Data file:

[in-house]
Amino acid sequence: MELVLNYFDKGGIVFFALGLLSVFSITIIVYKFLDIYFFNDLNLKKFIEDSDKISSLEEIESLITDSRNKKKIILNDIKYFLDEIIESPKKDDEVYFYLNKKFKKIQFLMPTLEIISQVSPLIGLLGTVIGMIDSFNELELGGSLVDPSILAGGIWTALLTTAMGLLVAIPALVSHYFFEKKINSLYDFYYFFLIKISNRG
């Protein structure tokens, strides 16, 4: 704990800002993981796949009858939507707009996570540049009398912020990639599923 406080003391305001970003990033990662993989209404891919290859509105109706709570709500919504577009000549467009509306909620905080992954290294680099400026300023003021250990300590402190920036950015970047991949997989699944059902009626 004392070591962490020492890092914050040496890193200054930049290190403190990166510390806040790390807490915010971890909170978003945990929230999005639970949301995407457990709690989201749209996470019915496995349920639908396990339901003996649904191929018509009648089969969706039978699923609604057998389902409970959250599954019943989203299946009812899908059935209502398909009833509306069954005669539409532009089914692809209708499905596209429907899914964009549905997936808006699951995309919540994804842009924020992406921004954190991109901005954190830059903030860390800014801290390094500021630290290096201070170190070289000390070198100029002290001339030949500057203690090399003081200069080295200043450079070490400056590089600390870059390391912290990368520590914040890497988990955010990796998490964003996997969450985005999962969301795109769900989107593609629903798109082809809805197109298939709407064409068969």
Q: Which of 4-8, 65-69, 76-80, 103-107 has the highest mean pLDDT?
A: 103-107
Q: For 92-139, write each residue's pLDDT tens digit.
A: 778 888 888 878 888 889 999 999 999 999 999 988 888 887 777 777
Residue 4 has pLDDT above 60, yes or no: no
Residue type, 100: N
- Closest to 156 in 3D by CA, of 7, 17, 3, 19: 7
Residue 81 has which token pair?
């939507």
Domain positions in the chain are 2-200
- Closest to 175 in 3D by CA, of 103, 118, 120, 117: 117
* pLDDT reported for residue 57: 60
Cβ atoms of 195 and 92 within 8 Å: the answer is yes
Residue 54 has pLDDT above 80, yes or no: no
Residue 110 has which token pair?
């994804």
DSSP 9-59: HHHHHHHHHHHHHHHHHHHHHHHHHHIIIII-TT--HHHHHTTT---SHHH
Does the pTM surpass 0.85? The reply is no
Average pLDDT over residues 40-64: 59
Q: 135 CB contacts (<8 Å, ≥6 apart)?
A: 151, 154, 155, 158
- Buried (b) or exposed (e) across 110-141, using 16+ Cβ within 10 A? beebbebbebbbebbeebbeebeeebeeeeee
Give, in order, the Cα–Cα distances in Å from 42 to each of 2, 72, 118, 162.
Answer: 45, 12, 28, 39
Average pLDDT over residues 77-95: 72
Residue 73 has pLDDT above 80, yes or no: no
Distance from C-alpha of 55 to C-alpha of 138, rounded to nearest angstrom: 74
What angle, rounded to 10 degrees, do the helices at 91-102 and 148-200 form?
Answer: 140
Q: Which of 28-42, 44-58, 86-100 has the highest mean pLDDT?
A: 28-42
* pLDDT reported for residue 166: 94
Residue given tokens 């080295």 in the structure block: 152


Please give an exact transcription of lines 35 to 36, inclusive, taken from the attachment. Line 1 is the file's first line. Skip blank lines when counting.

* pLDDT reported for residue 166: 94
Residue given tokens 């080295």 in the structure block: 152